“Orientalism is a style of thought based upon an ontological and epistermological distinction made between the Orient and the Occident” states Said (1978:56). The occident refers to the West or inhabitants of the West which comprise of Europe and the western hemisphere. Terrorism and suicide bombings are phenomena which are synonymous with the East or rather, the Islamic State. Terrorism is defined as being the use of violent acts to frighten individuals in a particular area as a means of trying to acquire a political goal (Terrorism-research.com, 2016). Currently, there is some obsession in the media, particularly western media, pertaining to the East (or Islam), and the West. This obsession is based on the media’s predominantly negative depiction or rather, portrayal of Islam and Muslims. They depict Muslims as being violent, unruly, extremists and terrorists (Terrorism-research.com,2016). Islamophobia, a term coined to describe the fear of Islam or muslims, has intensified over the last decade. Islam has been consistently portrayed by the global media as a violent religion which is in opposition with the values and beliefs of the West. When the 9/11 bombing of the World Trade Centre in New York took place, the muslims were the first and main suspects because of the way the West has defined and continues to portray Islam and muslims (U.S policy towards the Islamic Republic of Iran, 2010). It is understandable, to an extent, why muslims feel anger and antipathy towards the West, specifically the United States. Muslims are angered at how they are constantly depicted by the West as being unruly, and are also angered to see their co-religionists killed by U.S forces merely because they pose to be “threats”.
Another part of the world which falls under orientalism or rather, the Orient, is the continent of Africa. Africa is the world’s second largest and second most populous continent in the world. Poverty, starvation, disease and black magic (evil forces) are some of the things which come to mind when one mentions Africa (Oliver and Fage, 1989:15). From the colonial era (maybe even further back in history) to recent times, Africa has been associated with all the bad things. Poverty and starvation are probably the oldest forms of evil the continent of Africa has had to deal with. The stereotypical way in which orientalism has “othered” Africa is one whereby people of the West (more especially those who have never set foot in Africa) see Africa has a continent which is largely dominated by poverty, starvation, poor infrastructure, just to name a few. The West does not highlight or make emphasis on the positive things which occur and can be found in Africa (Oliver and Fage, 1989:22).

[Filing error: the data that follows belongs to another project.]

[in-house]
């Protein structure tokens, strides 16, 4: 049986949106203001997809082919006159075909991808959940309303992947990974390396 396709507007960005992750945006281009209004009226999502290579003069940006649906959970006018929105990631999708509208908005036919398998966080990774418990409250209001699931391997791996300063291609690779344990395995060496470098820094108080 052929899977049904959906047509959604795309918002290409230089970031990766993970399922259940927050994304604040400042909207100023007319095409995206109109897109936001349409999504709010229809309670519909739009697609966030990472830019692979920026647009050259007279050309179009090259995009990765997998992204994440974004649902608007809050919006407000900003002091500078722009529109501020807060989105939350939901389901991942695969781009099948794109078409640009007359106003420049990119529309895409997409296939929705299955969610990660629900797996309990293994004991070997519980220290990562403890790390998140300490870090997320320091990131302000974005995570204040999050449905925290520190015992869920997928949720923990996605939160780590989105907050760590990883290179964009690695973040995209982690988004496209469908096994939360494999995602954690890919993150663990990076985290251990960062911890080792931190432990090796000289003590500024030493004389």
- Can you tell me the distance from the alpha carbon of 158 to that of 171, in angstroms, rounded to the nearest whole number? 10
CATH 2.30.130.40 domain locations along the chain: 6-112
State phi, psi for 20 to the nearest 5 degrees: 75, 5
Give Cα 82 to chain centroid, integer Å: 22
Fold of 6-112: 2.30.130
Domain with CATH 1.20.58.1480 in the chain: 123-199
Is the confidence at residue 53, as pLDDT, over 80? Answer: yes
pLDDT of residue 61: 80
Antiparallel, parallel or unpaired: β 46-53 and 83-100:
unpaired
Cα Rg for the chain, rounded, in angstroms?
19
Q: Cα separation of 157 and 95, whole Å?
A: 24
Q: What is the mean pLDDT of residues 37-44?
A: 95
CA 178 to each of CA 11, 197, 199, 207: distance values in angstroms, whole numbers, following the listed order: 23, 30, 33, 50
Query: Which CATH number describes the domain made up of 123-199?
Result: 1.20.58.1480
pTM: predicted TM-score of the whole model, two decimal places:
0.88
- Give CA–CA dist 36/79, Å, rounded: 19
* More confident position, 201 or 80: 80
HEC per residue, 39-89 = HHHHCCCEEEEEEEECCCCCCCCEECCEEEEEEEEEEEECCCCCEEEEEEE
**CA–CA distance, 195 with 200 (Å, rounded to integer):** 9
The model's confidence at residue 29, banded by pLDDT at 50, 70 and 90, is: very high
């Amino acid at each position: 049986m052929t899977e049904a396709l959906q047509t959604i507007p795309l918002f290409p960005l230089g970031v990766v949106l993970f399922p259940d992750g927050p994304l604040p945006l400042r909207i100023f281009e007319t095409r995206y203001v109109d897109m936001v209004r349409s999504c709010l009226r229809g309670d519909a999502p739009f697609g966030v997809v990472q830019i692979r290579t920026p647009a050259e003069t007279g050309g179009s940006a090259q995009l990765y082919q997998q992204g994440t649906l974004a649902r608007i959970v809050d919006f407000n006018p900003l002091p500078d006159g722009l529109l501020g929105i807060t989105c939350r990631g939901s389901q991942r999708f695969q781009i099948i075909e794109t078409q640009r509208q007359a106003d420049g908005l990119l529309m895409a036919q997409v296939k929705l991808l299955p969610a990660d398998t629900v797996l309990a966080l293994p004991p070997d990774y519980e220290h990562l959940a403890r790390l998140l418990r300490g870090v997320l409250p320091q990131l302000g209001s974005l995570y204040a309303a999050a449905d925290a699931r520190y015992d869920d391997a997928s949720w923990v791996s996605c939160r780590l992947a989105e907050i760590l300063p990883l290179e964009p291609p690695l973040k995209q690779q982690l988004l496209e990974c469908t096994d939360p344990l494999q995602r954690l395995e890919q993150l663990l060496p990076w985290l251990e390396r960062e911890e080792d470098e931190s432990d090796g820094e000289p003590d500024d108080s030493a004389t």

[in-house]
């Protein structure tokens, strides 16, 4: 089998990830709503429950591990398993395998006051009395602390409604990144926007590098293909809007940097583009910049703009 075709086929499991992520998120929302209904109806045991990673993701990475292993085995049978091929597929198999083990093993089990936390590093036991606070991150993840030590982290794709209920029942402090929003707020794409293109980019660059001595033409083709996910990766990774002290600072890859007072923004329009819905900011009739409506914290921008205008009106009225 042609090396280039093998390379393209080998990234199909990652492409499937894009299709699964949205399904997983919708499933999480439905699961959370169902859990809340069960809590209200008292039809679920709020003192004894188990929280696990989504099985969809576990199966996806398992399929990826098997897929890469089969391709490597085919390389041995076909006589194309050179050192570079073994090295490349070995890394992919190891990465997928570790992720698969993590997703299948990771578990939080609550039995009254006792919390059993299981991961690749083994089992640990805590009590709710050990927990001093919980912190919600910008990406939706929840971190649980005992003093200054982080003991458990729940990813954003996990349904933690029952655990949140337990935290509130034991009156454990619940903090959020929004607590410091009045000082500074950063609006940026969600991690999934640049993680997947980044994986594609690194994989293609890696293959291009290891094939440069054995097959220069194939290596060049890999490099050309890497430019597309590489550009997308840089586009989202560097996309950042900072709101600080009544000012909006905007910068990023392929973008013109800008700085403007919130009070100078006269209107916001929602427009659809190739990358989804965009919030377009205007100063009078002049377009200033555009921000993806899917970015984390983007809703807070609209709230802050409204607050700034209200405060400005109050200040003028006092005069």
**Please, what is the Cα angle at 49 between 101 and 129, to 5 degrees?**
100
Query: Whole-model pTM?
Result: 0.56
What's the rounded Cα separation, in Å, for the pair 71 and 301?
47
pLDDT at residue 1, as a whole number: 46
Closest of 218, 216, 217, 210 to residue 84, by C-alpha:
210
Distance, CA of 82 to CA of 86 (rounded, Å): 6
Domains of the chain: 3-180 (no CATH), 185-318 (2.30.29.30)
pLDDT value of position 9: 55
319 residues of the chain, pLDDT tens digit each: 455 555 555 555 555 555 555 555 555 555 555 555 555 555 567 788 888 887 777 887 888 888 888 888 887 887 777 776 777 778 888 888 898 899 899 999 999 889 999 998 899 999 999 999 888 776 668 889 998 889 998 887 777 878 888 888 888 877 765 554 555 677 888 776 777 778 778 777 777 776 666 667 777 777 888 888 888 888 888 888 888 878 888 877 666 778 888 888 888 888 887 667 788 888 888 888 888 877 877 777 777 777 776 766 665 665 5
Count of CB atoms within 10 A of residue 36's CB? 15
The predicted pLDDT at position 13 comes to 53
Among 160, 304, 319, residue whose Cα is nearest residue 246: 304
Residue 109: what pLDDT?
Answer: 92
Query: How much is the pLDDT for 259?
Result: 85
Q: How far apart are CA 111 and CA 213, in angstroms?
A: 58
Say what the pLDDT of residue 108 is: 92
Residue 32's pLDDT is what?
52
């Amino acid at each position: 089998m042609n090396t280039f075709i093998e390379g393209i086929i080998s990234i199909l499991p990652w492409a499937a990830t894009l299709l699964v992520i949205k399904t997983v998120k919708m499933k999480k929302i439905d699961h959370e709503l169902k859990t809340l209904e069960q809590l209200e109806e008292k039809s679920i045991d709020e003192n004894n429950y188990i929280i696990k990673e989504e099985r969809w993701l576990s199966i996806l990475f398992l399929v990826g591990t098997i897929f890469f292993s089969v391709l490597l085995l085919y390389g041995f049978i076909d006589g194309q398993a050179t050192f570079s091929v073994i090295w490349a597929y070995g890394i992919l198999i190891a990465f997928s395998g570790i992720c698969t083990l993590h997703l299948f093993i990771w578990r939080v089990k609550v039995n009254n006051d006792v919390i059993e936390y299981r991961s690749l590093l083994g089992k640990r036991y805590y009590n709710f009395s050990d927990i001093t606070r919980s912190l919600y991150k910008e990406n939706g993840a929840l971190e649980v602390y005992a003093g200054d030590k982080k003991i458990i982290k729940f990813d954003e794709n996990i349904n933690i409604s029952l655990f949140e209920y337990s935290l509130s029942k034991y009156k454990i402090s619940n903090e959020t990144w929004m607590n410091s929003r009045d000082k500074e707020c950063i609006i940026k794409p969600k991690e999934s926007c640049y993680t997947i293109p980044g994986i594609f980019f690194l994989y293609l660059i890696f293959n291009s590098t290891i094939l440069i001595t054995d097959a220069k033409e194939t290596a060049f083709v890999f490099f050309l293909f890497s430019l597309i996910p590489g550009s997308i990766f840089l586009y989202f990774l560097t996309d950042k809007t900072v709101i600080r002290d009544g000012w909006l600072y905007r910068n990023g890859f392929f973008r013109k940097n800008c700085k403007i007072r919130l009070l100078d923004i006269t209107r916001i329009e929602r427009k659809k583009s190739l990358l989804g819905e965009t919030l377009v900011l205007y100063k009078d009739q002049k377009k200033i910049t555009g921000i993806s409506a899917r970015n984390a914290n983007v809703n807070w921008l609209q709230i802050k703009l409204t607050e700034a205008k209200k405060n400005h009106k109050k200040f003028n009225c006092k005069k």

In the 20th and 21st centuries, a large number of Asian immigrants and the instant rise of Asian nations in political and economic power led to an increased cultural interest which led to the rise of orientalism. Said (1978:53) states orientalism as being “a manner of regularised writing, vision and study, dominated by imperatives, perspectives and ideological biases ostensibly suited to the Orient.” Said argues that this perception of the orient did not originate in countries which were associated with the Orient, but they were willed over the Orient because the Orient posed to be weaker than the West. While orientalism was heavily based in colonialism, our modern appreciation for Asian things is in many ways, the product of orientalism (Said, 1978:55). Our knowledge of Africa right now is probably on the same level of our knowledge of Asia a few decades ago.